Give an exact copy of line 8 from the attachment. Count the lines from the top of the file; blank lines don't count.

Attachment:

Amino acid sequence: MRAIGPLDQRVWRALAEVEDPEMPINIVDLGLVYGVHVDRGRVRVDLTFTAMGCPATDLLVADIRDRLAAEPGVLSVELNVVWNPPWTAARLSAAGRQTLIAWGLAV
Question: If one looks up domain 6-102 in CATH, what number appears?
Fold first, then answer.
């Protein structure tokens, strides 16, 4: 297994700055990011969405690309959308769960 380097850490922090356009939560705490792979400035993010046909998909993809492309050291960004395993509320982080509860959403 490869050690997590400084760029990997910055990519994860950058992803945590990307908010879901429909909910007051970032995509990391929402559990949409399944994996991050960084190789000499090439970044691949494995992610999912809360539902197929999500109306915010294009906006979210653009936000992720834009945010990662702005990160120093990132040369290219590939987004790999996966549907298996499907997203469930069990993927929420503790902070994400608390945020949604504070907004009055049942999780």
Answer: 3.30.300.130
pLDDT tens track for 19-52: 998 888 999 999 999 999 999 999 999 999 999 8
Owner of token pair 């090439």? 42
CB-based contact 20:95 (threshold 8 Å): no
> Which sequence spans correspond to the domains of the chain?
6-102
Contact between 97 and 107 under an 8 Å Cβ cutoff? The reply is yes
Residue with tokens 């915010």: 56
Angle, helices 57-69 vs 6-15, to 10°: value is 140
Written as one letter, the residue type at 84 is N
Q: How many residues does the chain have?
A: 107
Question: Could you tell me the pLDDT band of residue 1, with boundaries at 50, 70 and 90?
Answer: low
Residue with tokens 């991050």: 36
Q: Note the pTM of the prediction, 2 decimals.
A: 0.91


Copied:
CB-based contact 20:95 (threshold 8 Å): no